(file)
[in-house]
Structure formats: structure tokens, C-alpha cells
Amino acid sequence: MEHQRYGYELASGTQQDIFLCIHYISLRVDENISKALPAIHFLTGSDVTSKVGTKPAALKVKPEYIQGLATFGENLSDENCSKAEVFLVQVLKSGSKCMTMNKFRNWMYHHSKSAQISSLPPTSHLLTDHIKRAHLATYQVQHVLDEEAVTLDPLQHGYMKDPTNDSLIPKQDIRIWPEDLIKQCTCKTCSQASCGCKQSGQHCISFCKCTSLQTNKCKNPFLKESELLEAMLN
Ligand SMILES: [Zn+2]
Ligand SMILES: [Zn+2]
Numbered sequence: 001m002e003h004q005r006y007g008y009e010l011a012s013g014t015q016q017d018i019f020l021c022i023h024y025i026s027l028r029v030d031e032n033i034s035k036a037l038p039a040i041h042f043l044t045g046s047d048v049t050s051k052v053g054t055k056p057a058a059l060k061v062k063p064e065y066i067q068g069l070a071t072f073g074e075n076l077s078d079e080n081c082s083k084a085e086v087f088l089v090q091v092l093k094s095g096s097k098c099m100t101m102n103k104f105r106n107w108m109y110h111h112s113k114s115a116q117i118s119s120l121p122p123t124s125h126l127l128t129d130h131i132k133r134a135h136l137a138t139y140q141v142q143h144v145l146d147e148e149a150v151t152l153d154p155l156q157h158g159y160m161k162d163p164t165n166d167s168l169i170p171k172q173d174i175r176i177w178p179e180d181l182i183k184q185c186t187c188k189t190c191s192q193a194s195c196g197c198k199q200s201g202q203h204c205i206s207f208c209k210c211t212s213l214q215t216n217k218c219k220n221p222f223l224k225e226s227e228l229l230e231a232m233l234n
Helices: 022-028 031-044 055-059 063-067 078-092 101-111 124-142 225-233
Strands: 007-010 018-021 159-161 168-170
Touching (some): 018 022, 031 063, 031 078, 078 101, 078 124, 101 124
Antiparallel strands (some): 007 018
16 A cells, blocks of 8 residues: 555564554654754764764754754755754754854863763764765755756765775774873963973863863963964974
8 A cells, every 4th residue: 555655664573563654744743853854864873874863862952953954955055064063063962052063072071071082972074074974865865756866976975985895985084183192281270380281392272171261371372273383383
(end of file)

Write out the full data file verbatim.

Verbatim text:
[in-house]
Structure formats: structure tokens, C-alpha cells
Amino acid sequence: MEHQRYGYELASGTQQDIFLCIHYISLRVDENISKALPAIHFLTGSDVTSKVGTKPAALKVKPEYIQGLATFGENLSDENCSKAEVFLVQVLKSGSKCMTMNKFRNWMYHHSKSAQISSLPPTSHLLTDHIKRAHLATYQVQHVLDEEAVTLDPLQHGYMKDPTNDSLIPKQDIRIWPEDLIKQCTCKTCSQASCGCKQSGQHCISFCKCTSLQTNKCKNPFLKESELLEAMLN
Ligand SMILES: [Zn+2]
Ligand SMILES: [Zn+2]
Numbered sequence: 001m002e003h004q005r006y007g008y009e010l011a012s013g014t015q016q017d018i019f020l021c022i023h024y025i026s027l028r029v030d031e032n033i034s035k036a037l038p039a040i041h042f043l044t045g046s047d048v049t050s051k052v053g054t055k056p057a058a059l060k061v062k063p064e065y066i067q068g069l070a071t072f073g074e075n076l077s078d079e080n081c082s083k084a085e086v087f088l089v090q091v092l093k094s095g096s097k098c099m100t101m102n103k104f105r106n107w108m109y110h111h112s113k114s115a116q117i118s119s120l121p122p123t124s125h126l127l128t129d130h131i132k133r134a135h136l137a138t139y140q141v142q143h144v145l146d147e148e149a150v151t152l153d154p155l156q157h158g159y160m161k162d163p164t165n166d167s168l169i170p171k172q173d174i175r176i177w178p179e180d181l182i183k184q185c186t187c188k189t190c191s192q193a194s195c196g197c198k199q200s201g202q203h204c205i206s207f208c209k210c211t212s213l214q215t216n217k218c219k220n221p222f223l224k225e226s227e228l229l230e231a232m233l234n
Helices: 022-028 031-044 055-059 063-067 078-092 101-111 124-142 225-233
Strands: 007-010 018-021 159-161 168-170
Touching (some): 018 022, 031 063, 031 078, 078 101, 078 124, 101 124
Antiparallel strands (some): 007 018
16 A cells, blocks of 8 residues: 555564554654754764764754754755754754854863763764765755756765775774873963973863863963964974
8 A cells, every 4th residue: 555655664573563654744743853854864873874863862952953954955055064063063962052063072071071082972074074974865865756866976975985895985084183192281270380281392272171261371372273383383